The policy implications of this and similar research are obvious. If governments can help lower the burden of childcare (through subsidized childcare) while encouraging parental leave and other means by which women's childcare responsibilities are lessened, the birth rate is likely to bump up a bit closer to replacement level than it currently is. 

Saturday, February 11, 2017

Has the Massive Deportation of Undocumented Immigrants Begun?

For the past few days, the media have carried the story of the married but undocumented mother of two U.S.-born children who was arrested and deported back to Mexico, based on a felony conviction for working illegally in an Arizona amusement park several years ago. She had not gone unnoticed under the Obama administration policies, but neither had she been deported. USA Today reports that:
In 2008, she was swept up in one of former Maricopa County Sheriff Joe Arpaio's work-site raids targeting the Golfland Entertainment Centers, which operated several water and mini-golf parks. Sheriff's deputies seized hundreds of employment records and later arrested Garcia de Rayos at her house in Mesa. She pleaded guilty to a charge of criminal impersonation, a Class 6 felony, the lowest level. As a result of the charge, Garcia de Rayos was then turned over to ICE, Ybarra-Maldonado [her attorney] said. She spent six months in ICE custody at the Eloy Detention Center, he said.
In 2013, an immigration judge found Garcia de Rayos had no legal stance to remain in the U.S. and issued a voluntary departure instructing her to leave the country, Ybarra-Maldonado said. After Garcia de Rayos appealed the voluntary departure, ICE gave her an order of supervision instructing her to check in yearly, and then every six months, Ybarra-Maldonado said. Garcia de Rayos was scheduled for her six month check-in Wednesday but instead of being told to come back in six months, she was taken into custody, he said.
Now, it turns out that the "impersonation" had to do with a phony Social Security number. Keep in mind that it has long been a bonus for the U.S. government that undocumented immigrants pay into Social Security without having any ability ever to collect payments from the government. And, as nearly as I can tell, Arizona is unique in making such a big deal about this particular issue.

CNN today reports that other deportation raids have taken place throughout the country. Although these have apparently been in the planning stage since before Trump took office, it has been known since the election in early November that the new President was going to look favorably on deportations. Indeed, the situation is unfolding very much in the way that Brian Bennett predicted in the LA Times just a week before the travel ban was imposed. Xenophobia is winning at the moment, and it now seems likely that deportations will continue in the long and almost certainly continued absence of any immigration reform. 

Thursday, February 9, 2017

More Terrible Stories From El Salvador About Abortion as a Crime

Thanks to my son, Greg Weeks, for pointing me to a story in Thomson Reuters Foundation News today that follows up on my blog post a few days ago about the incredibly restrictive abortion law in El Salvador. The article starts with the story of one young woman who was sent to jail with a 30 year sentence for allegedly having had an abortion.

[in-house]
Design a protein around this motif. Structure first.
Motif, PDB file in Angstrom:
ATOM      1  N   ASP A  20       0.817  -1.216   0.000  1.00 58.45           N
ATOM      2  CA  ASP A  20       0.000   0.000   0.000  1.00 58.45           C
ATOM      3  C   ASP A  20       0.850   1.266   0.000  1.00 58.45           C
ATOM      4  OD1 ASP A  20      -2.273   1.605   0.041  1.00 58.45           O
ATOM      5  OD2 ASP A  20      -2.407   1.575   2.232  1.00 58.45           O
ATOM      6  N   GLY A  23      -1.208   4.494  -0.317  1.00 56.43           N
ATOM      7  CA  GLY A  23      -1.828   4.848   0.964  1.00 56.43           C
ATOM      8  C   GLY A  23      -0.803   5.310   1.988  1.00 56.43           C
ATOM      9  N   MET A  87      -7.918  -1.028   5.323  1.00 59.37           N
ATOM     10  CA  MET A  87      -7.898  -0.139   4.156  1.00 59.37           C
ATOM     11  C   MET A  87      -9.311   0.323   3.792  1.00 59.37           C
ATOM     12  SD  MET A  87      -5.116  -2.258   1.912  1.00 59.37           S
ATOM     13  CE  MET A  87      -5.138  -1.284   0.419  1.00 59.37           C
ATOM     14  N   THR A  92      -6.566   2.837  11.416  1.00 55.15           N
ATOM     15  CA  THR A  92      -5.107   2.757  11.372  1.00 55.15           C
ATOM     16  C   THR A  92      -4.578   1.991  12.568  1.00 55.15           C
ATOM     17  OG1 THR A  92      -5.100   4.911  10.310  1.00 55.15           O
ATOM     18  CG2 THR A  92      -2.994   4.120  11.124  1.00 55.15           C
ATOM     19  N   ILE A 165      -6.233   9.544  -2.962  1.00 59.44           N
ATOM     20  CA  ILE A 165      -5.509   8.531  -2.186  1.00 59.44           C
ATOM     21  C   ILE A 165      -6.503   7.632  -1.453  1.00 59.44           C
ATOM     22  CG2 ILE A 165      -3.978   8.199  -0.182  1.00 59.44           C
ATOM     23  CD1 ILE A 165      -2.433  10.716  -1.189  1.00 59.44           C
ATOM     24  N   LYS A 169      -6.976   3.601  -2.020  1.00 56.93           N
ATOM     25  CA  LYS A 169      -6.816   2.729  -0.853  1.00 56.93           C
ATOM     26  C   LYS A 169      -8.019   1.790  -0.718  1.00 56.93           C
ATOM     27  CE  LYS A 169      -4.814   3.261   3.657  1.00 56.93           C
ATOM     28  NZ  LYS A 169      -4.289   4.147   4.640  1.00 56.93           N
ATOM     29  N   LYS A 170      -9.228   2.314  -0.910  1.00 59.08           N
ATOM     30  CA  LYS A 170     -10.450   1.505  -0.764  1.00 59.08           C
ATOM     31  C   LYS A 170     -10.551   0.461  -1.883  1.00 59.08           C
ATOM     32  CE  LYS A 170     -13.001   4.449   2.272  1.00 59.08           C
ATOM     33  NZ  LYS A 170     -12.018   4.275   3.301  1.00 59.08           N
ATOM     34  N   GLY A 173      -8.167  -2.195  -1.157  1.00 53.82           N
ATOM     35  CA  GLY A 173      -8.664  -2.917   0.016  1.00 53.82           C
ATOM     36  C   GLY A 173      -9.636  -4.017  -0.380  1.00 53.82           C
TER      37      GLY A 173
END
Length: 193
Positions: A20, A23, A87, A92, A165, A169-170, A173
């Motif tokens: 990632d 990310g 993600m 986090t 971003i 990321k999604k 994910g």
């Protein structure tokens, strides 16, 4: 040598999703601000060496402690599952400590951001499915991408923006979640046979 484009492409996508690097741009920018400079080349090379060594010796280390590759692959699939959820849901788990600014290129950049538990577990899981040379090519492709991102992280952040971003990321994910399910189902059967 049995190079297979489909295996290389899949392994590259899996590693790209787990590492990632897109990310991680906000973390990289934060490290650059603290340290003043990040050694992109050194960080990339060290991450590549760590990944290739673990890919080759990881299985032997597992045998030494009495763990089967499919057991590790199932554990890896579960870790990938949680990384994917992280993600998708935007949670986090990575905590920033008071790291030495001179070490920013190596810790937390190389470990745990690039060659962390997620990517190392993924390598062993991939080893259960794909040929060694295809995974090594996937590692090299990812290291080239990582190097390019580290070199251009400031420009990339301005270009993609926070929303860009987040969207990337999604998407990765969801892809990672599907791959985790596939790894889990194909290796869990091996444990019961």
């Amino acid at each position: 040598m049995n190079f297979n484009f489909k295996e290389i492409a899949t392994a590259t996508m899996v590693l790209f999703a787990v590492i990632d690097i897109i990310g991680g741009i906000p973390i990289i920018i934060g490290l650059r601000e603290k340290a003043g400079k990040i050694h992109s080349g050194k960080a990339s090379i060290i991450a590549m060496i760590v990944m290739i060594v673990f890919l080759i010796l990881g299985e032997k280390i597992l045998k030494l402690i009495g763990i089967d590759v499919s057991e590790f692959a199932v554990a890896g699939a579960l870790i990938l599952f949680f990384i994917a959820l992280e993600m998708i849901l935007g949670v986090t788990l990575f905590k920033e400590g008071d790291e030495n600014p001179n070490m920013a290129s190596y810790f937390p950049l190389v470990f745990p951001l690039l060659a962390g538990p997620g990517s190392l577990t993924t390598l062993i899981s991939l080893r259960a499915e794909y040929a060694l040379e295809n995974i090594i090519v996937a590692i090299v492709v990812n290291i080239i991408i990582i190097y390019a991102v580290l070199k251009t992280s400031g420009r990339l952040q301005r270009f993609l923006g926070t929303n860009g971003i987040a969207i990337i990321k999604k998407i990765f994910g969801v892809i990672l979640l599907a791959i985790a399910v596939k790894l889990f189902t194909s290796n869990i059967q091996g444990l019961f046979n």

It is a decade since her ordeal began, when 17-year-old Vasquez was raped and left pregnant. She suffered a miscarriage and her baby died. At hospital, doctors accused Vasquez of having an abortion, which is banned in El Salvador without exception.
Vasquez was convicted of aggravated murder in 2008 and sent to jail. She spent seven years in prison before winning release in 2015 following a rare pardon by lawmakers after El Salvador's top court ruled due process had been violated in her trial.
She was a lucky one. At least 17 other young woman are serving long prison sentences for allegedly having had an abortion, and the likelihood of the country easing its policy seems fairly low.
Congresswoman Lorena Pena, who introduced a bill in October to ease the ban, says it would allow abortion under certain circumstances, including in cases of rape and a risky pregnancy. "It's about saving women's lives," said Pena, who belongs to El Salvador's ruling leftist FMLN party. "The changes to the law are so that women can decide about their own lives, their own futures," Pena told the Thomson Reuters Foundation in a telephone interview. So far, debates over the country's fiscal crisis and rampant gang violence have overshadowed all other concerns, and lawmakers have yet to vote on the abortion bill.
Unfortunately for young, defenseless women, a combination of the Roman Catholic Church and Protestant evangelical groups oppose overturning the abortion ban, and so it is unlikely to be changed, despite pleas from the United Nations and other international groups. It is impossible for me to understand how ruining a young woman's life is more important than all of the other really big issues that face El Salvador.

Wednesday, February 8, 2017

We've Lost Hans Rosling

Hans Rosling called himself an "edutainer" and he did indeed educate us all in an incredibly entertaining way. His death yesterday from pancreatic cancer at the young age of 68 is a genuine loss for all of us. A story on NPR noted this about him:
He had a knack for explaining difficult concepts — global inequality, climate change, disease and poverty. He used maps, humor and props like storage boxes and colored stones to tell the story of our world and to advocate for the poor: "Health cannot be bought at the supermarket. You have to invest in health."
And BBC News described him in this way: